5 Things You Need to Know About the Flu, RSV

By Ernst Lamothe Jr.

Not to be taken lightly, the flu has been overshadowed during the past few years because of COVID-19. However flu-related illnesses have risen dramatically this season causing hospital system strain and an abundance of sick children and adults before expected.

“Everybody has had COVID-19 overload, but there are other things that we have to protect ourselves against. Flu should be on the top of the list,” said Mary Bucher, senior registered nurse at Oswego Health. “We have gone back to not wearing masks and everyone is back out together. People have been hearing about COVID-19 for more than two years and people just forgot about how the flu can affect this season as well.”

Bucher, who is also an associate professor of medicine, gives five facts about the flu and viruses.

1. Most vulnerable

Most people with the flu get better on their own. However, influenza can be serious, and with complications, can be deadly. People who are at higher risk of developing flu complications include children younger than 2, adults older than 65, residents of nursing homes and other long-term care facilities or those with weakened immune systems, according to the Mayo Clinic.

“We have to protect people like our older residents and kids. They are quite vulnerable to the flu and can have deadly results,” Bucher said. “Some years the flu is stronger than other years.”

2. Myths

Many misconceptions revolve around the flu. She said she often hears conspiracy theories, but the most often statement involves the flu shot.

“People think the flu shot will give you the flu,” said Bucher. “It is a dead virus that gets injected and it does not give you the flu. If you start feeling sick or run down sometimes people don’t realize that maybe you were sick a few days before the shot as well.”

Mary Bucher is a senior registered nurse at Oswego Health

3. Flu shot

Flu vaccines, often called flu shots, are vaccines that protect against the four influenza viruses that research indicates will be most common during the upcoming season. Most flu vaccines are flu shots given with a needle. But there also is a nasal spray flu vaccine.

“We know the flu vaccine is never going to be 100% effective. Either way, if you do have future flu symptoms, the symptoms will be lessened because you had the shot,” said Bucher. “Something is better than nothing when it comes to your immunity.”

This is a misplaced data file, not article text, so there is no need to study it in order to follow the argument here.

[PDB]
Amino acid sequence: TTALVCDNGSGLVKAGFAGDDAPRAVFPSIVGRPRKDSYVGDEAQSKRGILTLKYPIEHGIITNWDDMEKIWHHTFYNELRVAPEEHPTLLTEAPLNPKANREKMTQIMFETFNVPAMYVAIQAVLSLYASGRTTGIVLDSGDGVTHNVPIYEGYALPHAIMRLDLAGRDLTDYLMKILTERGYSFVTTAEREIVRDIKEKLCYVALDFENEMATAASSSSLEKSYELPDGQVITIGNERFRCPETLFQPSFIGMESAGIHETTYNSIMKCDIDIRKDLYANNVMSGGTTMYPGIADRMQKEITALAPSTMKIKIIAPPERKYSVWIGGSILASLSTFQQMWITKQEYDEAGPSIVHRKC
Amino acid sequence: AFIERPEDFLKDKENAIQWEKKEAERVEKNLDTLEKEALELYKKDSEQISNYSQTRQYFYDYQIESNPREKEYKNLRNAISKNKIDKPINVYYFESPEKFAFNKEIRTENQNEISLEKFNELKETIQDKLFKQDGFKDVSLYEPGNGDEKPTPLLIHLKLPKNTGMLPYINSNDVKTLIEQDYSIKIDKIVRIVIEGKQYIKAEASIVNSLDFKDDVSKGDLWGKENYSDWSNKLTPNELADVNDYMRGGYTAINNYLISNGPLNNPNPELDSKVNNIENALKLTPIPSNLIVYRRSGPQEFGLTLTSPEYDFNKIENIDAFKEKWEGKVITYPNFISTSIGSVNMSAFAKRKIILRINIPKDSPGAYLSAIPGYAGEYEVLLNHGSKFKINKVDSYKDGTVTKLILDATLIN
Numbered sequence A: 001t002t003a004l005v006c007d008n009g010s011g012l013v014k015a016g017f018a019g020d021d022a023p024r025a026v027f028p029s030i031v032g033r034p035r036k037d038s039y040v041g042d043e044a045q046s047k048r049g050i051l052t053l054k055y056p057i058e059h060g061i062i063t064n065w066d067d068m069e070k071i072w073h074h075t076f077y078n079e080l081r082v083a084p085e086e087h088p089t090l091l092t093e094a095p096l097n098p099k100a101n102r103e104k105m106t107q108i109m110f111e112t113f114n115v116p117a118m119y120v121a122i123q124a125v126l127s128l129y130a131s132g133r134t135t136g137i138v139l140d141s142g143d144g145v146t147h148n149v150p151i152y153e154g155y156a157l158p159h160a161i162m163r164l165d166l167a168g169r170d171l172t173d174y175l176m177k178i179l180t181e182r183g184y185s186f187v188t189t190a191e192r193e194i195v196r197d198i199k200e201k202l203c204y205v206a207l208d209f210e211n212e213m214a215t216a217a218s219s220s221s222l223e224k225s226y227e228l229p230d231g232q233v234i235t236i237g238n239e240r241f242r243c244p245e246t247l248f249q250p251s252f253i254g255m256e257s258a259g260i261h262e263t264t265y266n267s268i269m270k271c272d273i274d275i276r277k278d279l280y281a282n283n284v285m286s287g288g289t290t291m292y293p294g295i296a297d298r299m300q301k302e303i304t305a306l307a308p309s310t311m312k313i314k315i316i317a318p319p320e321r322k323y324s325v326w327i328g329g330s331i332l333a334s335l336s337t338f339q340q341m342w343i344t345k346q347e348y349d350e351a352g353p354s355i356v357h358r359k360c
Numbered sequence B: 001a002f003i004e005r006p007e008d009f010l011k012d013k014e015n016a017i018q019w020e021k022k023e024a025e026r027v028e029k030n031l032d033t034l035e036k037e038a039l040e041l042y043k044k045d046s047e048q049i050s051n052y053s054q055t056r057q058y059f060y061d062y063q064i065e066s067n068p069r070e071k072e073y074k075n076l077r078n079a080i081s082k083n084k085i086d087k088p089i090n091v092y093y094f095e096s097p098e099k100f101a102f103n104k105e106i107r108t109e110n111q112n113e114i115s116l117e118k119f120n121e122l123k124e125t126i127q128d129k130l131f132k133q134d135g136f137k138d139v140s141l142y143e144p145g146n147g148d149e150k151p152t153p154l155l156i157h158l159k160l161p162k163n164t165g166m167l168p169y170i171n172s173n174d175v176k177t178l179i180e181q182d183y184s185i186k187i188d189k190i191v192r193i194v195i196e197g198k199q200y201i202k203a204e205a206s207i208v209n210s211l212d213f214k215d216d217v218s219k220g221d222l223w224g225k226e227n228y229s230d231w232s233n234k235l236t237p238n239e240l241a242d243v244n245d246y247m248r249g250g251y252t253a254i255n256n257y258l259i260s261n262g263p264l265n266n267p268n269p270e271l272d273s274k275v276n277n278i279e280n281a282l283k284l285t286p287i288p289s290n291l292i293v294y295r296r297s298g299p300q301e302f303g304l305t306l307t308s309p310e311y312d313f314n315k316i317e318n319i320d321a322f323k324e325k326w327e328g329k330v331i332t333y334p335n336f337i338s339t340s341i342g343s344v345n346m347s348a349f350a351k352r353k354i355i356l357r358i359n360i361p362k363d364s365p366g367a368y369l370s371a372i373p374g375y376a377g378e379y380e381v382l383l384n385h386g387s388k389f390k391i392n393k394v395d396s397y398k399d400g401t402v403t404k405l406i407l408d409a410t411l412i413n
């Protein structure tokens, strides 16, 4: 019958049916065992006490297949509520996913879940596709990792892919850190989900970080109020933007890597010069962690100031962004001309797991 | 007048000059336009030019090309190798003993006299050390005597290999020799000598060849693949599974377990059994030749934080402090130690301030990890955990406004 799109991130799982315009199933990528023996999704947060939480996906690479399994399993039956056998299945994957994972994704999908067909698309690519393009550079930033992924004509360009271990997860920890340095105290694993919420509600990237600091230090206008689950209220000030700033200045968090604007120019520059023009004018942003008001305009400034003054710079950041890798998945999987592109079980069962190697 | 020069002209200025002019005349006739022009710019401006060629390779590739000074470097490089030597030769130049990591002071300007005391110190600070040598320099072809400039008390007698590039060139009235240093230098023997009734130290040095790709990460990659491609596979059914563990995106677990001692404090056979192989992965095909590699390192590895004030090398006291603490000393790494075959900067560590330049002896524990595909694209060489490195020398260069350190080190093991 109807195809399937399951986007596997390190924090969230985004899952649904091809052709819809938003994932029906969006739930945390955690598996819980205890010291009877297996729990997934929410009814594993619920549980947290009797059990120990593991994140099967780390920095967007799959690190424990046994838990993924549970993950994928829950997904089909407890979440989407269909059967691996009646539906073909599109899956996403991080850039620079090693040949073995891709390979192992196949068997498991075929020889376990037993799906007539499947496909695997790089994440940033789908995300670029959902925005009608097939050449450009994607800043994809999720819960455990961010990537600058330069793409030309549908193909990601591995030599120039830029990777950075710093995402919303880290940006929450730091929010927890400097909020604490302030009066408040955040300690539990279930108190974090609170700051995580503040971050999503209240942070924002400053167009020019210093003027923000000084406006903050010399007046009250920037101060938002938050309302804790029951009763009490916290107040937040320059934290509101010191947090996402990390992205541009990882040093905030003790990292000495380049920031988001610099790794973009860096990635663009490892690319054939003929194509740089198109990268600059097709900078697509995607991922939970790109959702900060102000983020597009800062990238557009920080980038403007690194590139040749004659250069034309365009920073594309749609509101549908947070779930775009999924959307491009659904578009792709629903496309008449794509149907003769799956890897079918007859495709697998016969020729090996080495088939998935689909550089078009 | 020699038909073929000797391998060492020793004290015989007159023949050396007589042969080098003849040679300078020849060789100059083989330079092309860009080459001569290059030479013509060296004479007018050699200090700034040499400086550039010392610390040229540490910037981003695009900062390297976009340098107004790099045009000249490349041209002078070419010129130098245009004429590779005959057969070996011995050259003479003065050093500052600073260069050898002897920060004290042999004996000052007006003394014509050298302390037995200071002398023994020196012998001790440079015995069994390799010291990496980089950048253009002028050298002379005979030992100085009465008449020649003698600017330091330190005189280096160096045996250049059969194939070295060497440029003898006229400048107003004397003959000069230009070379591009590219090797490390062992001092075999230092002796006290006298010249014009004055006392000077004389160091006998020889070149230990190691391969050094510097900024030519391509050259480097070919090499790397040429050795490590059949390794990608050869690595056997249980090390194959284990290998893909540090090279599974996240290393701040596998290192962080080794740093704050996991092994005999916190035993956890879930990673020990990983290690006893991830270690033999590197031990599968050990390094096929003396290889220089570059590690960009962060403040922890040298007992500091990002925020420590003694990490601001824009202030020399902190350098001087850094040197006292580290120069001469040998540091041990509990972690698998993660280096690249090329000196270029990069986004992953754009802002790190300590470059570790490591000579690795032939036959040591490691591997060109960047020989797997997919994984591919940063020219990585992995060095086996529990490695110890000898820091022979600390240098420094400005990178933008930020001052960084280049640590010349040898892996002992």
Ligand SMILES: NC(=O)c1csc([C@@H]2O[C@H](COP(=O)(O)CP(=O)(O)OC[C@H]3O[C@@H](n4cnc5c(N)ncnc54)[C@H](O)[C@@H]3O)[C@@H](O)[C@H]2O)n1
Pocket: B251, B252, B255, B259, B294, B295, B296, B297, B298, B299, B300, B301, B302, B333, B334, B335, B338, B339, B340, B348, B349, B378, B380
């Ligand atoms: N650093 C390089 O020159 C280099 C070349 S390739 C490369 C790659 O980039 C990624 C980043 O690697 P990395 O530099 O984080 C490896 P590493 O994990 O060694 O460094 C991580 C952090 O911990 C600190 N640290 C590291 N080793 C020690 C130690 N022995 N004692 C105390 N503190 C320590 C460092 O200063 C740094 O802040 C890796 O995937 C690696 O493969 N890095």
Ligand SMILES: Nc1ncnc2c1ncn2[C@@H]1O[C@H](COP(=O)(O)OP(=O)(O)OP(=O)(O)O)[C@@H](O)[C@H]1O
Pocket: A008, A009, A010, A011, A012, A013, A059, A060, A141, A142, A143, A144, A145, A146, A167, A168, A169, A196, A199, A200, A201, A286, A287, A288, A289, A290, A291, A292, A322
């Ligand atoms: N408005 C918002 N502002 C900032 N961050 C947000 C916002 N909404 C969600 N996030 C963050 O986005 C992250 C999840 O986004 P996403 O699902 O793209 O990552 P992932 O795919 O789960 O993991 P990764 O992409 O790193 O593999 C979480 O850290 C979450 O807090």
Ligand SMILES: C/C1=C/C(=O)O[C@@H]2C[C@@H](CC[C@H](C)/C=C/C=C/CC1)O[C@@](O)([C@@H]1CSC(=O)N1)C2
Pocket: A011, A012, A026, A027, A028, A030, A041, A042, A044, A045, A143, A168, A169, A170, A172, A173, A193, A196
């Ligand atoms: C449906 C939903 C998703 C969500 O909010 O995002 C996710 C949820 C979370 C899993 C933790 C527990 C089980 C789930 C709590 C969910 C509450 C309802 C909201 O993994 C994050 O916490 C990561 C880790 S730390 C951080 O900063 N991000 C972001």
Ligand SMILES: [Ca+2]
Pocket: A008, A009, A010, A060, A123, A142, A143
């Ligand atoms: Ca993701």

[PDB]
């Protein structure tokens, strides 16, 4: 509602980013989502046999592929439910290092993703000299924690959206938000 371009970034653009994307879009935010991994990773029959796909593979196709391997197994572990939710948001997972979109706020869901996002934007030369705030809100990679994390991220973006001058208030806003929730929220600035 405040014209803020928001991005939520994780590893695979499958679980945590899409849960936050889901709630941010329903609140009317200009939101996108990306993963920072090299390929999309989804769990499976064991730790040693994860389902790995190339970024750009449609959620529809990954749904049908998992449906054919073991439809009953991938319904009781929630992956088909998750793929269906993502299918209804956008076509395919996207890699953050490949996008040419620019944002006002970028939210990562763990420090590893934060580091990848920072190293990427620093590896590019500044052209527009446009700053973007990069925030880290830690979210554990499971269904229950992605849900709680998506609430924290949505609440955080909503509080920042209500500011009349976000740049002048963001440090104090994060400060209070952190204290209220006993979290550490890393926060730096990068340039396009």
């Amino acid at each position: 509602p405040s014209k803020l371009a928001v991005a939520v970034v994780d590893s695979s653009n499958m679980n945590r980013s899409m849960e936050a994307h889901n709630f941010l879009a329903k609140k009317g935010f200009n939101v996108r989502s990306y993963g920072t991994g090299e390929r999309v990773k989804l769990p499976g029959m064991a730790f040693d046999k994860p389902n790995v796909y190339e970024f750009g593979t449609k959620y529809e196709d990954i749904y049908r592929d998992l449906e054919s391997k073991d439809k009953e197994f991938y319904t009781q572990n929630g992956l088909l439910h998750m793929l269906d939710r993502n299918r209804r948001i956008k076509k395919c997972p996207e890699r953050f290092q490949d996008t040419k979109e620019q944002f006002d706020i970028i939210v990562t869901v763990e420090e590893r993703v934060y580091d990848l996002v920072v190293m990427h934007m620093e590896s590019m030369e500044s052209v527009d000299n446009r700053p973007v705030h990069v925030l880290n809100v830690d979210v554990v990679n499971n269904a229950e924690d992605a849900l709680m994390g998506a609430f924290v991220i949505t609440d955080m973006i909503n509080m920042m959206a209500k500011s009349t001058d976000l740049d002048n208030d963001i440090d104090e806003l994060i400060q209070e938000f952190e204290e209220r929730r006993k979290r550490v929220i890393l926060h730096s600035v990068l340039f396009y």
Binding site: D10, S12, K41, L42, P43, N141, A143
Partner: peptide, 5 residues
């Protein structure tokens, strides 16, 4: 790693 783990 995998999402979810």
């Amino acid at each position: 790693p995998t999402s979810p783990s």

Women who are pregnant or breastfeeding are encouraged to be vaccinated. Flu is more likely to cause severe illness in pregnant women than in healthy women who aren’t pregnant. Changes in the immune system, heart and lungs during pregnancy make pregnant women and women who have given birth during the past two weeks more prone to severe illness from flu, including illness resulting in hospitalization.

4. Cold vs Flu

Flu symptoms usually come on suddenly. People who have flu often feel some or all of these symptoms, feeling fever/chills, cough, sore throat, muscle or body aches, headaches and fatigue. Colds are usually milder than flu. Colds generally do not result in serious health problems, such as pneumonia, bacterial infections or hospitalizations. Flu can have serious associated complications.

“People will have regular, light symptoms when it comes to the flu, but having a fever is a high indication that it could be more severe. Fever is generally the first thing you feel,” Bucher said.

The best way to avoid either are the simple tips that were given during COVID-19.

“The easiest way is to wash your hands regularly. Keep your hands away from your eyes and mouth,” added Bucher. “We tell people when they are sick they should stay home. The first 24 to 48 hours is critical when it comes to any illness. If you don’t stay home you have the opportunity to go out in the community and spread the virus.”

5. RSV

Respiratory syncytial virus is a common respiratory virus that usually causes mild, cold-like symptoms. Most people recover in a week or two. But RSV can be serious, especially for infants and older adults. It has been a hot medical topic because of the number of children that have been hospitalized this early fall. RSV is the most common cause of bronchiolitis in younger adults, which is inflammation of the small airways in the lung and pneumonia, which is infections in the lung.

Each year in the United States, RSV leads to about 2.1 million outpatient visits among children younger than 5 and between 58,000-80,000 hospitalizations among children younger than 5, according to the Centers for Disease Control and Prevention.

“Nationwide you are seeing a rise in these and other causes which are leading to children in the hospital,” said Buhcer.